12-05-2019  10:25 pm   •   PDX Weather    •   SEA weather  
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NORTHWEST NEWS

Black Food Professionals See Opportunities to “Scale Up” in School Cafeterias and on Store Shelves

Two Portland women are addressing disparities in the local food scene with Ethiopian and Haitian flavors, ingredients

Portland Fire Chief Sara Boone Climbing Historic Ladders

In 1995, Boone was the first African American woman hired by Portland Fire & Rescue; this year she became its first African American Chief

Christmas Tree Shopping is Harder Than Ever, Thanks to Climate Change and Demographics

For Christmas tree farms to survive, shoppers will need to be more flexible

November Holiday Travel at PDX Brings More Comfort, Convenience and Furry Friends

If you’ve not been to Portland International Airport in a few months, you’re in for some surprises.

NEWS BRIEFS

Conservation Breakthrough for Endangered Butterfly

The Oregon Zoo's breeding success provides new hope in an effort to save Oregon silverspots ...

Meet 80 Local Authors at OHS 52nd Holiday Cheer Book Sale and Signing

This free Oregon Historical Society event will be held this Sunday, December 8 from 12 p.m. – 4 p.m. ...

Need for Blood Doesn’t Stop for Holidays – Donors Needed

Those who come to give through Dec. 18 will receive a Amazon.com Gift Card ...

North Carolina Court Decision Upholds Removal of Confederate Monument

Lawyers argued that the monument was installed at the end of Reconstruction to further the false “Lost Cause” narrative,...

Artist Talk with 13-year-old Local to be Held This Tuesday, Nov. 26

Hobbs Waters will be discussing his solo exhibit “Thirteen” at The Armory in Portland ...

Man who 'freaked out’ on plane, forced landing pleads guilty

PORTLAND, Ore. (AP) — A Washington man who ingested methamphetamine before getting on a plane in Seattle and had what a prosecutor called a "freak out'' on board pleaded guilty Thursday to interfering with crew members after the California-bound flight was forced to land in Portland.The...

Owners of Thai restaurant chain get prison for tax fraud

SEATTLE (AP) — A couple that used software to hide more than jumi million in revenue at the Thai restaurant chain they owned have each been sentenced to several months in prison and ordered to pay thousands of dollars in fines.The U.S. Attorney's Office in Seattle said Thursday that Chadillada...

Missouri fires football coach Barry Odom after 4 seasons

KANSAS CITY, Mo. (AP) — Missouri fired football coach Barry Odom on Saturday, ending the four-year stay of a respected former player who took over a program in disarray but could never get the Tigers over the hump in the brutal SEC.The Tigers finished 6-6 and 3-5 in the conference after...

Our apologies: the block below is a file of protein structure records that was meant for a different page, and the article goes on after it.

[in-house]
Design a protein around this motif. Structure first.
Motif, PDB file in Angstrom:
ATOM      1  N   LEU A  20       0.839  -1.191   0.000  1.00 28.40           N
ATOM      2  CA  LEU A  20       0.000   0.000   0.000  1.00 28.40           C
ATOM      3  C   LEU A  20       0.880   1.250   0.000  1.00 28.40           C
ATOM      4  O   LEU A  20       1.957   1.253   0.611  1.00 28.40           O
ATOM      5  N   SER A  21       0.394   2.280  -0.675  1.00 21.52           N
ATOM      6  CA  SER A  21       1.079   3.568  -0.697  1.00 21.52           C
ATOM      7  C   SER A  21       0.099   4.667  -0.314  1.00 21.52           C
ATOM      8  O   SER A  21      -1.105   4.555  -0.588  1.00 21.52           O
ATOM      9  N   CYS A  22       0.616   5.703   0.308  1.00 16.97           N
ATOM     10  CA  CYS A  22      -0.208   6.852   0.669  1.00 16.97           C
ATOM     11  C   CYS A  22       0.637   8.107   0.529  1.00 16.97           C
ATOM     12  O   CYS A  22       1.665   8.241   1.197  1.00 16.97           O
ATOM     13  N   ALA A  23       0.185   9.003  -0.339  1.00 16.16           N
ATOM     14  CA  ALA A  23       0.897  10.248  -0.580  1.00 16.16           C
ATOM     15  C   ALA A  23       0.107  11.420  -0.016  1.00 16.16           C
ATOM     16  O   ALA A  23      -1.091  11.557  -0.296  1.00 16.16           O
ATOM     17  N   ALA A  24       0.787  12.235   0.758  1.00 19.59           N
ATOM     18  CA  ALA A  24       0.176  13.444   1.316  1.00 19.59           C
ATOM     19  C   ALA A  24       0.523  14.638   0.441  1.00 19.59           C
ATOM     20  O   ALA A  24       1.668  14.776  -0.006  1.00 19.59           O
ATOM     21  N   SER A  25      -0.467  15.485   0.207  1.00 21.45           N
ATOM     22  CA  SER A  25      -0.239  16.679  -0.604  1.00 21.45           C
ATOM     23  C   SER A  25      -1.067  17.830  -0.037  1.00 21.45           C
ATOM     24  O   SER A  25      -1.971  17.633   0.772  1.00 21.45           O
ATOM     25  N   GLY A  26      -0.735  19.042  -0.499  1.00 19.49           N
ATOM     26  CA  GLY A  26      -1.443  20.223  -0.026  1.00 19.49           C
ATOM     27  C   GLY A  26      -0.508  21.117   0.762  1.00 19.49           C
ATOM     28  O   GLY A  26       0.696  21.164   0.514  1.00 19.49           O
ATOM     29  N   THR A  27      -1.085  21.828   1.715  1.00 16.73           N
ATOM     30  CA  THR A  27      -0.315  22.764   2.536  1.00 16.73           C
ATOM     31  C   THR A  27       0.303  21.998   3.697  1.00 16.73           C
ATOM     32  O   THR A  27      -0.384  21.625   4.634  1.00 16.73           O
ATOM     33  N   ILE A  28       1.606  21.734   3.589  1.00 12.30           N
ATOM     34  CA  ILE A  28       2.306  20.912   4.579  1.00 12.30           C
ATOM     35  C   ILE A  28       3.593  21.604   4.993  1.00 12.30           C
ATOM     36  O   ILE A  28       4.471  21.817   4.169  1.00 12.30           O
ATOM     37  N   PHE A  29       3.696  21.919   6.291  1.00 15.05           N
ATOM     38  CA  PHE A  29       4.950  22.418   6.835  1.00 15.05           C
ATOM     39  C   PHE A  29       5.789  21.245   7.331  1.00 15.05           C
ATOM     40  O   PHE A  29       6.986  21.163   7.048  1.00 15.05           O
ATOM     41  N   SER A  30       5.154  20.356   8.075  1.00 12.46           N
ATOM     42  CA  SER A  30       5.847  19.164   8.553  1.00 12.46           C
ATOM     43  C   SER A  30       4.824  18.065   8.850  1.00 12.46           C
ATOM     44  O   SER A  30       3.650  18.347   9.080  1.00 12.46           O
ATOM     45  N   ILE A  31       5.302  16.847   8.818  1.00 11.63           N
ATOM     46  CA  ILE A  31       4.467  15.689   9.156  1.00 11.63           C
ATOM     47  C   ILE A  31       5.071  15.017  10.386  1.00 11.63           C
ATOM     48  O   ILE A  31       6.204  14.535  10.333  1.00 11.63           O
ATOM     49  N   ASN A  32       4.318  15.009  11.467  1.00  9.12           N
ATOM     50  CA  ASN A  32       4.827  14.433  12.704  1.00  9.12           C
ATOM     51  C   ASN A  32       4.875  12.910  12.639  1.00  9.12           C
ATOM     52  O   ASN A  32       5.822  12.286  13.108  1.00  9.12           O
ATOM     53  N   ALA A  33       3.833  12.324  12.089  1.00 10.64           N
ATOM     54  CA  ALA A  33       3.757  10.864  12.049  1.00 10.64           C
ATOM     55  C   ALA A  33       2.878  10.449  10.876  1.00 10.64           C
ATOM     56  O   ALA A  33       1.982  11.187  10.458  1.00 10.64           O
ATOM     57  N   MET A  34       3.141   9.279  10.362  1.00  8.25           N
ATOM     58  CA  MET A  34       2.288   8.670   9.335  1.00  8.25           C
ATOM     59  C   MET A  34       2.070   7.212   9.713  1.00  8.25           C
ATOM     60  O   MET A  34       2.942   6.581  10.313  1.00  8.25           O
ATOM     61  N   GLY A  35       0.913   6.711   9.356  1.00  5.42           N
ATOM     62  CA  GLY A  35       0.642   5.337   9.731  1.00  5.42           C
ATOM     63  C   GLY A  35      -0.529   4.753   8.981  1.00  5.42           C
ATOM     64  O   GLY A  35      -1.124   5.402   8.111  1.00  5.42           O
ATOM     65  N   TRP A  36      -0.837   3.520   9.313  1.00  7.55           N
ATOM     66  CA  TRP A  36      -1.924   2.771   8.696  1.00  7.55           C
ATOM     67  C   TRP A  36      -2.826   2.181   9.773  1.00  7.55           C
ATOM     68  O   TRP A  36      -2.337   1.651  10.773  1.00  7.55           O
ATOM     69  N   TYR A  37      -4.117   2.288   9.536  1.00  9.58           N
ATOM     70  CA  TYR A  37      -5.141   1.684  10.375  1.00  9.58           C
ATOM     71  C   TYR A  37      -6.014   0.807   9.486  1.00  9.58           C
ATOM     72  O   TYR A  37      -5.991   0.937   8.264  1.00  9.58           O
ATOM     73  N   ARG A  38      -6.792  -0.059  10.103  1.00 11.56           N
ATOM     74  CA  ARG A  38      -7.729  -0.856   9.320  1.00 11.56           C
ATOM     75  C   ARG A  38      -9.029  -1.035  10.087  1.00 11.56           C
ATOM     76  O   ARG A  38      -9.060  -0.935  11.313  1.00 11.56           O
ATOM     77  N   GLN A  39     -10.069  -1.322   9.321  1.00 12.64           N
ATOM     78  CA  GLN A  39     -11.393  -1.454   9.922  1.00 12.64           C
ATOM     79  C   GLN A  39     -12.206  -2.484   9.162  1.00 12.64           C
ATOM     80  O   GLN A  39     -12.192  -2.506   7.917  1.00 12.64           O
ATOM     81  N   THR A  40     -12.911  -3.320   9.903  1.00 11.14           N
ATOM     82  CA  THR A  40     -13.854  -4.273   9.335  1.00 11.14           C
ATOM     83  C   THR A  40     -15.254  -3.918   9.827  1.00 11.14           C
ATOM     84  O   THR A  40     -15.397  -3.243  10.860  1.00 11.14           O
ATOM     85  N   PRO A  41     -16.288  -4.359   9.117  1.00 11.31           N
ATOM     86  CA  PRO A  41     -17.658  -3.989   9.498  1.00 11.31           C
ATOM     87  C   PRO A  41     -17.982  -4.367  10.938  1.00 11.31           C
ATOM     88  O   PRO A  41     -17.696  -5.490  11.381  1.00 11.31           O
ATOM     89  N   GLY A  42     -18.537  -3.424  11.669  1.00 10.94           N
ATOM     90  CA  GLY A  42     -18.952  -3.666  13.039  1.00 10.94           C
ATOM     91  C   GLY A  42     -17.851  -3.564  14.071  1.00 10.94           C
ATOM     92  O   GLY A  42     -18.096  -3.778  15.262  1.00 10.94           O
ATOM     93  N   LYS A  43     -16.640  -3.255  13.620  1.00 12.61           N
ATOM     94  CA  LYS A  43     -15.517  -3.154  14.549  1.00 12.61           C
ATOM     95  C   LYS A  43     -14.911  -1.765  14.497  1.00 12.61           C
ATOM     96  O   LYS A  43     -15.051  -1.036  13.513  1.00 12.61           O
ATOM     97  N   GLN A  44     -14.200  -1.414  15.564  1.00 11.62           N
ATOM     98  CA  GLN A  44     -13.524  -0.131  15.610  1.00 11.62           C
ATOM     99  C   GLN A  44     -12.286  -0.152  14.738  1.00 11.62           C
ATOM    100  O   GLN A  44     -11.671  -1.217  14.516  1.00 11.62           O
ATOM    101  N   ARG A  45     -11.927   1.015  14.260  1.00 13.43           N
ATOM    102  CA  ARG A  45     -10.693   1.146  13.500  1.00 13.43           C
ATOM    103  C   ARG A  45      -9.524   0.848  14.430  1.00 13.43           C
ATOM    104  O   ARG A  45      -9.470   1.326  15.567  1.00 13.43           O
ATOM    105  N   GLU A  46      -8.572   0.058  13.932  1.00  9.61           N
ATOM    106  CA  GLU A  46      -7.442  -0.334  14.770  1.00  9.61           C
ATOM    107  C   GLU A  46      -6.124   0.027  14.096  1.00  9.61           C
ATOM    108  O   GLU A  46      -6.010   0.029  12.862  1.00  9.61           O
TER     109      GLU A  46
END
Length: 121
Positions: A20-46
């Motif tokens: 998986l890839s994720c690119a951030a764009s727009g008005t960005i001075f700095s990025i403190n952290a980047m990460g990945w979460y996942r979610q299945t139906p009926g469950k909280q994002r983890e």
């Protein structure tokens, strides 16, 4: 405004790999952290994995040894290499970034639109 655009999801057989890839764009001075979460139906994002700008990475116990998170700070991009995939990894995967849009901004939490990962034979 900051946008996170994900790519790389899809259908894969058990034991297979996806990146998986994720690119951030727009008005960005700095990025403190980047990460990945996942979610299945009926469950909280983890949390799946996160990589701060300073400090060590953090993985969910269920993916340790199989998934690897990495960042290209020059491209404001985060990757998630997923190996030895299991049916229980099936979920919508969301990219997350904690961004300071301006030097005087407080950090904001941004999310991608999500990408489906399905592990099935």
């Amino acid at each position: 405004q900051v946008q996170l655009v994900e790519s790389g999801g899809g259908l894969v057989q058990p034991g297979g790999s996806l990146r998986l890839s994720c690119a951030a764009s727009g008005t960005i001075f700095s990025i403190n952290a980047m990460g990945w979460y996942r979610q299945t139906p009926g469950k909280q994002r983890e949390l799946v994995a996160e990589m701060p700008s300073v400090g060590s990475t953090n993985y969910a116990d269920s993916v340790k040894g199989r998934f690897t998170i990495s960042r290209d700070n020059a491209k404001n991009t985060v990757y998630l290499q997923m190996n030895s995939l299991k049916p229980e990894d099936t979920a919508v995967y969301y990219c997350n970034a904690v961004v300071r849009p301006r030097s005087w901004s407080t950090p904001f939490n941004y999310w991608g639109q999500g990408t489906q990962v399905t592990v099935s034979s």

Powell, Missouri snap 5-game skid with win over Arkansas

LITTLE ROCK, Ark. (AP) — In a game started by third- and fifth-string quarterbacks, the outcome was decided by one of their backups. It was appropriate enough for Arkansas and Missouri, two teams facing their longest losing streaks in decades.Fayetteville High School graduate Taylor Powell...

OPINION

Will You Answer the Call for Moral Revival?

In embracing and expanding the legacy of Dr. Martin Luther King, Jr., Revs. Barber and Theoharis have asked Presidential candidates to consider a debate that focuses exclusively on poverty ...

What I’m Thankful For This Season

Ray Curry gives thanks for a human right that shaped our country throughout the 20th century and that made Thanksgiving possible for so many Americans who, like him, didn’t get here by way of the Mayflower ...

Congressional Black Caucus Members Visit U.S.-Mexico Border: “Mistreatment of Black Immigrants is Another ‘Stain on America’”

Members said they witnessed first-hand the deplorable treatment and plight of Black immigrants ...

Portland, I'm Ready

Last month I had the privilege to stand with hundreds of supporters and announce my intention to run for re-election ...

AFRICAN AMERICANS IN THE NEWS

Kansas judge accused of bigotry, profanities in courthouse

WICHITA, Kan. (AP) — A foul-mouthed Kansas judge accused of bigotry and racism who cursed at courthouse employees so often that a trial clerk kept a “swear journal” documenting his obscene outbursts is facing complaints that his conduct violates the central judicial canons of...

Buttigieg backs black leaders after Indiana event disrupted

HENNIKER, N.H. (AP) — Democratic presidential candidate Pete Buttigieg is applauding African American leaders in his home city for “speaking their truth” after a protester disrupted an event held to demonstrate black support for the mayor in South Bend, Indiana.African American...

Panel calls for Virginia to purge dozens of old racist laws

RICHMOND, Va. (AP) — The laws are still on the books in Virginia: Blacks and whites must sit in separate rail cars. They cannot use the same playgrounds, schools or mental hospitals. They can’t marry each other either.The measures have not been enforced for decades, but they remain in...

ENTERTAINMENT

Timberlake apologizes to wife for ‘strong lapse in judgment’

NEW YORK (AP) — Justin Timberlake has publicly apologized to his actress-wife Jessica Biel days after he was seen holding hands with the co-star of his upcoming movie.The pop star and actor wrote Wednesday on Instagram that he prefers to “stay away from gossip as much as I can, but...

Veteran producer of 'WarGames,' 'Blue Bloods," dies at 85

LOS ANGELES (AP) — Leonard Goldberg, a network and studio executive and producer whose TV credits ranged from “Starsky and Hutch” in the 1970s to the current drama series “Blue Bloods” and whose independent movies included “WarGames” and...

'Once Upon a Time,' 'Portrait' top AP's 2019 best films list

Associated Press Film Writers Lindsey Bahr and Jake Coyle name their choices for the best films of 2019.LINDSEY BAHR1. “Once Upon a Time...in Hollywood": Quentin Tarantino’s movie business fairy tale, featuring all-time performances from two of our great living movie stars, and the...

U.S. & WORLD NEWS

Micthell Trubisky helps Bears beat Cowboys 31-24

CHICAGO (AP) — Mitchell Trubisky and the Chicago Bears appear to be hitting their stride even if it might...

R. Kelly charged with paying bribe before marrying Aaliyah

NEW YORK (AP) — Federal prosecutors are accusing singer R. Kelly of scheming with others to pay for a fake...

Chase with stolen UPS truck ends with shootout, 4 dead

MIRAMAR, Fla. (AP) — Four people, including a UPS driver, were killed Thursday after robbers stole the...

Mekong River’s new aquamarine color may be sign of trouble

BANGKOK (AP) — The Mekong River has recently acquired an aquamarine color that may beguile tourists but...

Libyan officials collect evidence of Russian fighters in war

TRIPOLI, Libya (AP) — Officials in Libya’s U.N.-supported government say they plan to confront...

North Korea threatens to resume calling Trump ‘dotard’

SEOUL, South Korea (AP) — North Korea threatened Thursday to resume insults of U.S. President Donald Trump...

McMenamins
Elise Labott CNN Foreign Affairs Reporter